So … I had to spend some time gently educating her that the mission of my hospital and my profession was to save people at all costs UNLESS they specifically had the legal document of a DNR (do not resuscitate) with them or on their chart.

In that point in time, this is what she wanted and needed — she needed to talk about serious dietary concerns and what happens in dire life circumstances.  I couldn’t share my hysterectomy knowledge or experience with her.  I am saddened because I feel like my care wasn’t complete.  She was pretty much done with the conversation when I finished getting and giving the essential information like directions to the hospital, asking her what medications she was taking and instructing her on basic pre-op instruction like no eating and drinking after midnight.

This patient still sits in my mind today while I wonder if she’ll get the information she needs through her surgeon, the internet or whatever sources she may find.  She and I couldn’t get there — into hysterectomy world.

doubt and fear

I feel horrible that she has severe Celiac Sprue disease because it must be hell to manage a daily diet, let alone even begin to eat out at any restaurant or have dinner at someone’s house without constant worry and fear.  I am sorry that she wasn’t listened to by some other healthcare professionals (or felt like she wasn’t listened to) in the past and her disease wasn’t taken seriously.  AND I feel empathy for her in that she fears for her life thinking that healthcare professionals in my state won’t act to save her life if needed.


This must be a terrible place to be in one’s mind.

bread cat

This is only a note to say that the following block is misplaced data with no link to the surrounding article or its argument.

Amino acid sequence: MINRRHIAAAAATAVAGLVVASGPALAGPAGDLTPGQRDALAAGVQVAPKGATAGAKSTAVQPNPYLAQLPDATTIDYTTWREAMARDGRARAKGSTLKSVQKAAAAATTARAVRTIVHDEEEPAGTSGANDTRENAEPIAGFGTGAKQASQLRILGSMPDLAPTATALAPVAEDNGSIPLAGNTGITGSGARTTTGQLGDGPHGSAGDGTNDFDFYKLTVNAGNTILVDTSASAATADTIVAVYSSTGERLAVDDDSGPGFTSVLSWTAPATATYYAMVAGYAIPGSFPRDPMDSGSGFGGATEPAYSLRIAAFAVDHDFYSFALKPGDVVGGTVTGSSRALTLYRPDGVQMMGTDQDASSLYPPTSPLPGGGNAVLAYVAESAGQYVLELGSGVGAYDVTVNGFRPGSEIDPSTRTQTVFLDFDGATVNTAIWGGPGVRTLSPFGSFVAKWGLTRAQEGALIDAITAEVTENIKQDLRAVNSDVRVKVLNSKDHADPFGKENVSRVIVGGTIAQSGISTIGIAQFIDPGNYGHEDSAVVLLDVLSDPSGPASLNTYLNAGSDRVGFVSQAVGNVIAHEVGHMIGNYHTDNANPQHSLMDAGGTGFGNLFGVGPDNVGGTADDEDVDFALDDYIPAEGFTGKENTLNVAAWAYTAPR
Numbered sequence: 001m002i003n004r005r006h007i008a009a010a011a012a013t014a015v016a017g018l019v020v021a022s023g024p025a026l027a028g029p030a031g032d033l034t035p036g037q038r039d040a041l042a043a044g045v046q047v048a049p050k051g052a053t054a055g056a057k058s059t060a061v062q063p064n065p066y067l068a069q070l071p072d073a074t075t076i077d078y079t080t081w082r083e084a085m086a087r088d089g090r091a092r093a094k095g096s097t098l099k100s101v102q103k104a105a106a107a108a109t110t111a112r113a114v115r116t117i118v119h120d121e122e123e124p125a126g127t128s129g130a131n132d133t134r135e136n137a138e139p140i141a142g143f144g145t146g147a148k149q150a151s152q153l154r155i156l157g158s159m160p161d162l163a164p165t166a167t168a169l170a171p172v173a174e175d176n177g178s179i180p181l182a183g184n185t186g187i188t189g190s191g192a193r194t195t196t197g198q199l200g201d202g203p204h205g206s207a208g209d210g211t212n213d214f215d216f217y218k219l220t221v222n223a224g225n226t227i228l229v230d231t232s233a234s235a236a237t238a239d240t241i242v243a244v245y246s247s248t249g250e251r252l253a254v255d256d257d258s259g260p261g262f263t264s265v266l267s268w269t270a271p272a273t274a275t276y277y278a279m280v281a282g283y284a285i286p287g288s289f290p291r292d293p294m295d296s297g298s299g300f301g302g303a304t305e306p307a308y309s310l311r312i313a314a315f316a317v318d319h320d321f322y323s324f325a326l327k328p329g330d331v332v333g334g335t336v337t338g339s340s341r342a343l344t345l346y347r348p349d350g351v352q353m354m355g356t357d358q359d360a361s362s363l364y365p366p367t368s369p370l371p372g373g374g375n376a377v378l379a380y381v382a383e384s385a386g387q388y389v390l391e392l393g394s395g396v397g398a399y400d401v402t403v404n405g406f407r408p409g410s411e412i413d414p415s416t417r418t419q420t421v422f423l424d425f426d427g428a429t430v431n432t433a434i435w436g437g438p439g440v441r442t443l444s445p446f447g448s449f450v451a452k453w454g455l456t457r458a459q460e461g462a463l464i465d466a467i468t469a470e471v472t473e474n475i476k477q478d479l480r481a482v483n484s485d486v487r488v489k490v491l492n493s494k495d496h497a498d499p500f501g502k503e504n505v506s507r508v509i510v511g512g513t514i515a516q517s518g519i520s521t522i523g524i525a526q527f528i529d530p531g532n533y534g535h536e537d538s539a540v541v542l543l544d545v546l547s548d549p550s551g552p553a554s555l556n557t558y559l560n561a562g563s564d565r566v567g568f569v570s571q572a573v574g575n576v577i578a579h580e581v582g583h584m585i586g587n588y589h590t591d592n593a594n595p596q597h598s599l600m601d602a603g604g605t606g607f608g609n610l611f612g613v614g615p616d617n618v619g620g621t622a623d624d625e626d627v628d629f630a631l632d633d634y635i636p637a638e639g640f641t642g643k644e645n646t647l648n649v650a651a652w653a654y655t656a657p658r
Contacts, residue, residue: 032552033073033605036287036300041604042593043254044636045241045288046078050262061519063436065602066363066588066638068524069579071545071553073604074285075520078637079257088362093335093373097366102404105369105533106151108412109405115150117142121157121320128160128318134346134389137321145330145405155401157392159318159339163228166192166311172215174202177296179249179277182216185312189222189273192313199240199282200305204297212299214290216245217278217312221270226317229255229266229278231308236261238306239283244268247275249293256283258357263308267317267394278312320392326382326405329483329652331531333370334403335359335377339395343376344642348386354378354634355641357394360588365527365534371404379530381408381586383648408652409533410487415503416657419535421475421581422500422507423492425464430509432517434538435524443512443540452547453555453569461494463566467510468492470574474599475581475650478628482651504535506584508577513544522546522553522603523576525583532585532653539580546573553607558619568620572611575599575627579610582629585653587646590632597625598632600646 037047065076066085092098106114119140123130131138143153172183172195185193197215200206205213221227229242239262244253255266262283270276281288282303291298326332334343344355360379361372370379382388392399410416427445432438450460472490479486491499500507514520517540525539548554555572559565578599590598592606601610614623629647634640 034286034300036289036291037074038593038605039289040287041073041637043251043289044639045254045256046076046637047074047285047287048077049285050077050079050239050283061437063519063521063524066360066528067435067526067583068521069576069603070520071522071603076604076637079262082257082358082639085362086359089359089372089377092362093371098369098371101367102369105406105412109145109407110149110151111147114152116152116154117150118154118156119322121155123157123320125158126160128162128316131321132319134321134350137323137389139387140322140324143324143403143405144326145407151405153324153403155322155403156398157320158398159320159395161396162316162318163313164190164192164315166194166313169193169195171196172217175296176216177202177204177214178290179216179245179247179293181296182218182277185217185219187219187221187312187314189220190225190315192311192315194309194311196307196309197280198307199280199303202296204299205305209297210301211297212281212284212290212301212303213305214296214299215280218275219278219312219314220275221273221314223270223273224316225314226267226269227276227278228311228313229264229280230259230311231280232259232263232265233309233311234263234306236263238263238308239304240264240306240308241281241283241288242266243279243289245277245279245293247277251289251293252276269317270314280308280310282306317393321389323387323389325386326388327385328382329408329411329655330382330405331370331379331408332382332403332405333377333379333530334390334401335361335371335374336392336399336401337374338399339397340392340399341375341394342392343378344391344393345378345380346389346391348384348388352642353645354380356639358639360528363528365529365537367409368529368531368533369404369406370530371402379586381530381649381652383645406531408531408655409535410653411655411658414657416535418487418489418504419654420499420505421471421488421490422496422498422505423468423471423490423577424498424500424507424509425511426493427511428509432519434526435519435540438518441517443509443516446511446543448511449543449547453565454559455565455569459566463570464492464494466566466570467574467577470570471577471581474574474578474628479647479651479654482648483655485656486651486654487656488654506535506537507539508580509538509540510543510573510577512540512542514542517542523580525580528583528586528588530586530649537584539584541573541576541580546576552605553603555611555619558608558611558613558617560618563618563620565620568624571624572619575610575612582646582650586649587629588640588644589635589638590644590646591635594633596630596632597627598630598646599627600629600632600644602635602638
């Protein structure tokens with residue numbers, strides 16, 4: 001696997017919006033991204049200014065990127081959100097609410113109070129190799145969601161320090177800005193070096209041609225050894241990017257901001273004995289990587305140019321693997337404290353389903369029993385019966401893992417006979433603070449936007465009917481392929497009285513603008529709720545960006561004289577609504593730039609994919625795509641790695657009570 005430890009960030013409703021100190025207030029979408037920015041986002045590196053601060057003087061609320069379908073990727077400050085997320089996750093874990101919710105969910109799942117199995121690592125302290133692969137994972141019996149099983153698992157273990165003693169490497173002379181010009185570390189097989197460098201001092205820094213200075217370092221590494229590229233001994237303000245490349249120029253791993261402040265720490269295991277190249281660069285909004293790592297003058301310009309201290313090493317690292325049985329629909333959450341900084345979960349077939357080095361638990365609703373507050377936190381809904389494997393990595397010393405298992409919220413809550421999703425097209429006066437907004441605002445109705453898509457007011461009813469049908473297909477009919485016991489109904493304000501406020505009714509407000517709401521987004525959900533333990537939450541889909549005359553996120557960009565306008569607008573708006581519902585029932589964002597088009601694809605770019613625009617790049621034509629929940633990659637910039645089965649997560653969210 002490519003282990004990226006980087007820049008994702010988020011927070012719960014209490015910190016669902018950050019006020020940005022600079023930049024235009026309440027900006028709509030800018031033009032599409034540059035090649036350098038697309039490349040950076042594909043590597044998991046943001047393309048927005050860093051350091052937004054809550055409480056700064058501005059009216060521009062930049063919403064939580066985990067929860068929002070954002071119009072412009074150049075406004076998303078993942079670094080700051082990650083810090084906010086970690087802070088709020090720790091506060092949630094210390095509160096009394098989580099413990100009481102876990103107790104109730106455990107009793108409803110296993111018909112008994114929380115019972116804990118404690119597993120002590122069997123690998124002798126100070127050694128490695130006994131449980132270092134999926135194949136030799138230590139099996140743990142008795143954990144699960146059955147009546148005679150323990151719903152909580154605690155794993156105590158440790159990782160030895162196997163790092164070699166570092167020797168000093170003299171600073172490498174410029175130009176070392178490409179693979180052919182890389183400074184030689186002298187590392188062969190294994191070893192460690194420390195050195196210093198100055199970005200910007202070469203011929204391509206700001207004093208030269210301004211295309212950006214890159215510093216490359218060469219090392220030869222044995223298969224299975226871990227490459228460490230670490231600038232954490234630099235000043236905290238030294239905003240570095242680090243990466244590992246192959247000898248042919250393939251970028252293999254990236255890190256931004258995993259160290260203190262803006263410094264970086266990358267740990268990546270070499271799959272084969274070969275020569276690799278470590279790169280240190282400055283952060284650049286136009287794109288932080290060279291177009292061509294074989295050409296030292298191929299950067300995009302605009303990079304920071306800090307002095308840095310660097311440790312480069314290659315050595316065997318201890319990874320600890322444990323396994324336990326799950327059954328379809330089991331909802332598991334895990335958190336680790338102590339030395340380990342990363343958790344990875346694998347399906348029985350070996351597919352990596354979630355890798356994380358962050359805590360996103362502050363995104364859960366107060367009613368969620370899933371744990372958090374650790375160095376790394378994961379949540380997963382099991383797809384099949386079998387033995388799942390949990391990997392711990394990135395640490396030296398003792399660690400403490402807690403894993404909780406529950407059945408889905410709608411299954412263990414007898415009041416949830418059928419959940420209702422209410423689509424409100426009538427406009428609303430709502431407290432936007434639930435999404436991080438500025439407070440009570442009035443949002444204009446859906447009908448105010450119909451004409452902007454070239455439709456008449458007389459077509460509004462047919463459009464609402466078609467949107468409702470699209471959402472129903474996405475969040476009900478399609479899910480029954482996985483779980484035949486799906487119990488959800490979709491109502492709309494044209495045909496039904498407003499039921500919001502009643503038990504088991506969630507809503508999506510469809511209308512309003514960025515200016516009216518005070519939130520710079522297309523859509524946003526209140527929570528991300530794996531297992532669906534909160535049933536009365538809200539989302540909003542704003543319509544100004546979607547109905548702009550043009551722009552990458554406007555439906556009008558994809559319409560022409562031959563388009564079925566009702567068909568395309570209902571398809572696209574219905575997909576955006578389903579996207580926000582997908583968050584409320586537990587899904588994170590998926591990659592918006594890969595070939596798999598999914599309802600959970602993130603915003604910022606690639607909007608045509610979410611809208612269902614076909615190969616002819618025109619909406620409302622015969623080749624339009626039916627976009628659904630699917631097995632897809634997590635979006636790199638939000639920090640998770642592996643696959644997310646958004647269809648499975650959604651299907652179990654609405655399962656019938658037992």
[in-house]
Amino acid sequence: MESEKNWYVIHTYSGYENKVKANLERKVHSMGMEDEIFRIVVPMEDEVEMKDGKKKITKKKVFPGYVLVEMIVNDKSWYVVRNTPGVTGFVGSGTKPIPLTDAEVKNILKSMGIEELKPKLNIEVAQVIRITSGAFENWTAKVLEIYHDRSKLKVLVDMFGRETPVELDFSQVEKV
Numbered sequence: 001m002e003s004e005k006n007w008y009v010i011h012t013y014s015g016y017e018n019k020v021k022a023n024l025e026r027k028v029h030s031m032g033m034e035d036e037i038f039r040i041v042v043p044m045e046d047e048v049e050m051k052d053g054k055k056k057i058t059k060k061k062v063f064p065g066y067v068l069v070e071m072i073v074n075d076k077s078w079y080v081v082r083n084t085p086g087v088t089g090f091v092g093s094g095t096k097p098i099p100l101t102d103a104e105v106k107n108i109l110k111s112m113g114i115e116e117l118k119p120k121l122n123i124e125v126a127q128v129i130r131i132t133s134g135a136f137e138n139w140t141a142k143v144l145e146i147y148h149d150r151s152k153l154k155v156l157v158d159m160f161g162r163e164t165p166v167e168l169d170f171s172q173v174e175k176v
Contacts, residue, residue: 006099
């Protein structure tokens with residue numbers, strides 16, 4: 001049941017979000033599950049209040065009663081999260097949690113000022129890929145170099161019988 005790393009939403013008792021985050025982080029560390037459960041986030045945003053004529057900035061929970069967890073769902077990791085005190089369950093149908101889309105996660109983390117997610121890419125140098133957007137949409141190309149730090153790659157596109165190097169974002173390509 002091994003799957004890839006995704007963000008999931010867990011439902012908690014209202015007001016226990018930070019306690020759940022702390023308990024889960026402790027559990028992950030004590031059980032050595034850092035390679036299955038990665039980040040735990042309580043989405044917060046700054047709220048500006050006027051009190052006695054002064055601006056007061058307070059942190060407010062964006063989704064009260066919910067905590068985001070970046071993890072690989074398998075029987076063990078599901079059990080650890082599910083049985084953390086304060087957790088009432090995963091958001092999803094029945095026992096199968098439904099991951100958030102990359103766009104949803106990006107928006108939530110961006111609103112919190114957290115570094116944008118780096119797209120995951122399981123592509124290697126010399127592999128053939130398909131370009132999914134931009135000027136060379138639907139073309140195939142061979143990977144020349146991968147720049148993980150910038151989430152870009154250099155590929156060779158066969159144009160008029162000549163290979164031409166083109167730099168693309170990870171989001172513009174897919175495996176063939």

4 thoughts on “I got so excited and then …

  1. What a fascinating and unexpected conversation! I’m sad for her that you were unable to share your first hand experience, because I’m sure in the long run she really would have appreciated it. And I am also sad for her that she has all these feelings and fears with the medical system. I know her and I likely have nothing in common, yet I feel like in some ways I can relate to how frustrated she must be to feel that her past medical professionals have not taken her seriously, or st least not as seriously as she feels she’d deserved. I think her and I probably share in our frustration and mistrust. I suspect it’s a sad reality for so many.

    Liked by 1 person

    • Luckily conversations like this are rare. They are emotionally draining and I’m always left with the thought, “I wonder if the patient got what THEY needed from this conversation?”.

      Yes, mistrust of any professional group that is generally out there to help you IS sad. I know I’ve had my own share of poor medical treatment, and there was no “protection” from them knowing I was a nurse.


  2. The fact that you are still thinking of this patient all this time later is a testament to the quality of care you provide. As you know, not all patients are ready to hear the information when we, as health care providers, are ready to give it. Rest assured that the perioperative nurses were able to provide her with the information that she wasn’t quite ready for when you called her. Keep up the good work!

    Liked by 1 person